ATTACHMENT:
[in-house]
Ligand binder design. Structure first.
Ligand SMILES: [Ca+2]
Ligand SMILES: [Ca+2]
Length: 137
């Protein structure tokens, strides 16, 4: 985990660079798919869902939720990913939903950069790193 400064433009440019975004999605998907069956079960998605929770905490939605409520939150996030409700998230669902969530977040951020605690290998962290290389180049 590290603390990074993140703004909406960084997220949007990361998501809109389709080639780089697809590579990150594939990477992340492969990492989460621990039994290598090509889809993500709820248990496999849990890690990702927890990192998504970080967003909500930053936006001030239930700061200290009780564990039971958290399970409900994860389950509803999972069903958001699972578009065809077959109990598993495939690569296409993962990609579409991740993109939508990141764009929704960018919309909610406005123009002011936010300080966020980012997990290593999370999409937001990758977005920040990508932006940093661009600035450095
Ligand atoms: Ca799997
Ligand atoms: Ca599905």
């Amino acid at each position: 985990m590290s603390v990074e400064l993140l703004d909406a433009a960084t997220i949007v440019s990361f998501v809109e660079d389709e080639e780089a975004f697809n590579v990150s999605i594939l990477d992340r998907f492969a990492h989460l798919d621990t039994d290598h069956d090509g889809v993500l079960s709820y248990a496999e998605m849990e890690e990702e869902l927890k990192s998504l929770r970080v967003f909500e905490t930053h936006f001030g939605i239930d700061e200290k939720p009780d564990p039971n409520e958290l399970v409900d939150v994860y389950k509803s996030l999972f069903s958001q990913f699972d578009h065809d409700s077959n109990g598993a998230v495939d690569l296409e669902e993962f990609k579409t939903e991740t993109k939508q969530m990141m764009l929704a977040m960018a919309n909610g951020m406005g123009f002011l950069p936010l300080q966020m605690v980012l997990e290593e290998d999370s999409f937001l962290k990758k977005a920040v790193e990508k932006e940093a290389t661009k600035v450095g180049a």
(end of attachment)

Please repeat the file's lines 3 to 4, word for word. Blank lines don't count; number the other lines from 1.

Ligand SMILES: [Ca+2]
Ligand SMILES: [Ca+2]